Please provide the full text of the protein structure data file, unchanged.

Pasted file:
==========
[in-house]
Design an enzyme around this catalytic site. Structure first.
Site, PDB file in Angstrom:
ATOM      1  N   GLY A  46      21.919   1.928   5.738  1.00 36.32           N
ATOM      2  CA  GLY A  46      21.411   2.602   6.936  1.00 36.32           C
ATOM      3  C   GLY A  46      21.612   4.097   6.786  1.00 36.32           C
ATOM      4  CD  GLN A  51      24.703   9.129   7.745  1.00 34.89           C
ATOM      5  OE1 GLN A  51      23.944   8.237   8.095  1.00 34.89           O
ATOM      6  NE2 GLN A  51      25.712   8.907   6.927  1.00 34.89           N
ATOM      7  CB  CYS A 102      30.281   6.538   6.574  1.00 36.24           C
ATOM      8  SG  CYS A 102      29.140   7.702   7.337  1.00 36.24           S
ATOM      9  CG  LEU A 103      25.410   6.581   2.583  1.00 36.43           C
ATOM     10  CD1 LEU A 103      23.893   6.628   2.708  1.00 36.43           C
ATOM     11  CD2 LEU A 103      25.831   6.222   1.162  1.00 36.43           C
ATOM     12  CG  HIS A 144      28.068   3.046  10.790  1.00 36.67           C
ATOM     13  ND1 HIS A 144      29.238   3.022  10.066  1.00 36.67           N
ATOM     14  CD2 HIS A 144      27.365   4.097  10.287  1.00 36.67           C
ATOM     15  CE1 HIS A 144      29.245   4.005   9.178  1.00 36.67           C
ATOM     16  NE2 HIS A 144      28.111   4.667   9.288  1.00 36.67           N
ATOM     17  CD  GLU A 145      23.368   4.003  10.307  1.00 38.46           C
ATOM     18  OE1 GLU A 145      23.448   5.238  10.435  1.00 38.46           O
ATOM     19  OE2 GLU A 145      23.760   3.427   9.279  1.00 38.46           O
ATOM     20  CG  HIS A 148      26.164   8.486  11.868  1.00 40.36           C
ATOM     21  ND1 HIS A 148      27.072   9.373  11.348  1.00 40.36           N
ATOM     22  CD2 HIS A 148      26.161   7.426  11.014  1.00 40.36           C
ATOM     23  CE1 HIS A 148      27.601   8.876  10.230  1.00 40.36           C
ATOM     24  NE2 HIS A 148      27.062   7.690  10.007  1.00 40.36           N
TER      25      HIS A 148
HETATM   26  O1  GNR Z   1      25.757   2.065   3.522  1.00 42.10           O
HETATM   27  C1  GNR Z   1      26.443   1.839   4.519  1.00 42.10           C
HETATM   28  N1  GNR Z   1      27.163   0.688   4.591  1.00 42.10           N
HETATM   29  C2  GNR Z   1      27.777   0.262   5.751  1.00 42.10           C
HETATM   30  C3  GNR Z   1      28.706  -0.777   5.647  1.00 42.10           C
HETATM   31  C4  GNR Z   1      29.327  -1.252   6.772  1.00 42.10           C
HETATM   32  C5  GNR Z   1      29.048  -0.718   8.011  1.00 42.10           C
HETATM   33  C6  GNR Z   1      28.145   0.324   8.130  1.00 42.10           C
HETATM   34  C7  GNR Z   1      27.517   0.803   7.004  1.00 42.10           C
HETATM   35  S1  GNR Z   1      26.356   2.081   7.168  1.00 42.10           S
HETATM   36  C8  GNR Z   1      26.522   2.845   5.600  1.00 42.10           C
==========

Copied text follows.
[in-house]
Design an enzyme around this catalytic site. Structure first.
Site, PDB file in Angstrom:
ATOM      1  N   GLY A  46      21.919   1.928   5.738  1.00 36.32           N
ATOM      2  CA  GLY A  46      21.411   2.602   6.936  1.00 36.32           C
ATOM      3  C   GLY A  46      21.612   4.097   6.786  1.00 36.32           C
ATOM      4  CD  GLN A  51      24.703   9.129   7.745  1.00 34.89           C
ATOM      5  OE1 GLN A  51      23.944   8.237   8.095  1.00 34.89           O
ATOM      6  NE2 GLN A  51      25.712   8.907   6.927  1.00 34.89           N
ATOM      7  CB  CYS A 102      30.281   6.538   6.574  1.00 36.24           C
ATOM      8  SG  CYS A 102      29.140   7.702   7.337  1.00 36.24           S
ATOM      9  CG  LEU A 103      25.410   6.581   2.583  1.00 36.43           C
ATOM     10  CD1 LEU A 103      23.893   6.628   2.708  1.00 36.43           C
ATOM     11  CD2 LEU A 103      25.831   6.222   1.162  1.00 36.43           C
ATOM     12  CG  HIS A 144      28.068   3.046  10.790  1.00 36.67           C
ATOM     13  ND1 HIS A 144      29.238   3.022  10.066  1.00 36.67           N
ATOM     14  CD2 HIS A 144      27.365   4.097  10.287  1.00 36.67           C
ATOM     15  CE1 HIS A 144      29.245   4.005   9.178  1.00 36.67           C
ATOM     16  NE2 HIS A 144      28.111   4.667   9.288  1.00 36.67           N
ATOM     17  CD  GLU A 145      23.368   4.003  10.307  1.00 38.46           C
ATOM     18  OE1 GLU A 145      23.448   5.238  10.435  1.00 38.46           O
ATOM     19  OE2 GLU A 145      23.760   3.427   9.279  1.00 38.46           O
ATOM     20  CG  HIS A 148      26.164   8.486  11.868  1.00 40.36           C
ATOM     21  ND1 HIS A 148      27.072   9.373  11.348  1.00 40.36           N
ATOM     22  CD2 HIS A 148      26.161   7.426  11.014  1.00 40.36           C
ATOM     23  CE1 HIS A 148      27.601   8.876  10.230  1.00 40.36           C
ATOM     24  NE2 HIS A 148      27.062   7.690  10.007  1.00 40.36           N
TER      25      HIS A 148
HETATM   26  O1  GNR Z   1      25.757   2.065   3.522  1.00 42.10           O
HETATM   27  C1  GNR Z   1      26.443   1.839   4.519  1.00 42.10           C
HETATM   28  N1  GNR Z   1      27.163   0.688   4.591  1.00 42.10           N
HETATM   29  C2  GNR Z   1      27.777   0.262   5.751  1.00 42.10           C
HETATM   30  C3  GNR Z   1      28.706  -0.777   5.647  1.00 42.10           C
HETATM   31  C4  GNR Z   1      29.327  -1.252   6.772  1.00 42.10           C
HETATM   32  C5  GNR Z   1      29.048  -0.718   8.011  1.00 42.10           C
HETATM   33  C6  GNR Z   1      28.145   0.324   8.130  1.00 42.10           C
HETATM   34  C7  GNR Z   1      27.517   0.803   7.004  1.00 42.10           C
HETATM   35  S1  GNR Z   1      26.356   2.081   7.168  1.00 42.10           S
HETATM   36  C8  GNR Z   1      26.522   2.845   5.600  1.00 42.10           C